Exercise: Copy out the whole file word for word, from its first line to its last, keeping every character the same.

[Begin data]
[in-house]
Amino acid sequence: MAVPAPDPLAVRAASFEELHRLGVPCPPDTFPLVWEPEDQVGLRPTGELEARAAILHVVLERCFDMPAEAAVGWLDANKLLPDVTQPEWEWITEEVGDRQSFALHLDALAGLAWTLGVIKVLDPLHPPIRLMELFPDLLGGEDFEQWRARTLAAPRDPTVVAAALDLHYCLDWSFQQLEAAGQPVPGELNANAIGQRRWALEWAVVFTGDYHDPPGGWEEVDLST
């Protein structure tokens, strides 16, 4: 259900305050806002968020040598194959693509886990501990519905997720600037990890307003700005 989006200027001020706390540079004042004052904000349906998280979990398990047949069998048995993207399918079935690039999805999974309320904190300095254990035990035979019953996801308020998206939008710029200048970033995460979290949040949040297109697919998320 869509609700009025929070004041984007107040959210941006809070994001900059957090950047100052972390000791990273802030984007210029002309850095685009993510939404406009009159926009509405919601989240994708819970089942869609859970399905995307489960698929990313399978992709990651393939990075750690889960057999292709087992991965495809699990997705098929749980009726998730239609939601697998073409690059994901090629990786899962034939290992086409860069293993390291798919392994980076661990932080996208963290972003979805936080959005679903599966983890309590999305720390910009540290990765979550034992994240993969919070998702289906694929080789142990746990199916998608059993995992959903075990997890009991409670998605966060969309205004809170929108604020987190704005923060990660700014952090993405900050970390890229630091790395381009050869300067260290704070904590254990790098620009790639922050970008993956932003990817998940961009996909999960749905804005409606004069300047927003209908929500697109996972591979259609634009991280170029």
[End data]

[in-house]
Amino acid sequence: MAVPAPDPLAVRAASFEELHRLGVPCPPDTFPLVWEPEDQVGLRPTGELEARAAILHVVLERCFDMPAEAAVGWLDANKLLPDVTQPEWEWITEEVGDRQSFALHLDALAGLAWTLGVIKVLDPLHPPIRLMELFPDLLGGEDFEQWRARTLAAPRDPTVVAAALDLHYCLDWSFQQLEAAGQPVPGELNANAIGQRRWALEWAVVFTGDYHDPPGGWEEVDLST
């Protein structure tokens, strides 16, 4: 259900305050806002968020040598194959693509886990501990519905997720600037990890307003700005 989006200027001020706390540079004042004052904000349906998280979990398990047949069998048995993207399918079935690039999805999974309320904190300095254990035990035979019953996801308020998206939008710029200048970033995460979290949040949040297109697919998320 869509609700009025929070004041984007107040959210941006809070994001900059957090950047100052972390000791990273802030984007210029002309850095685009993510939404406009009159926009509405919601989240994708819970089942869609859970399905995307489960698929990313399978992709990651393939990075750690889960057999292709087992991965495809699990997705098929749980009726998730239609939601697998073409690059994901090629990786899962034939290992086409860069293993390291798919392994980076661990932080996208963290972003979805936080959005679903599966983890309590999305720390910009540290990765979550034992994240993969919070998702289906694929080789142990746990199916998608059993995992959903075990997890009991409670998605966060969309205004809170929108604020987190704005923060990660700014952090993405900050970390890229630091790395381009050869300067260290704070904590254990790098620009790639922050970008993956932003990817998940961009996909999960749905804005409606004069300047927003209908929500697109996972591979259609634009991280170029």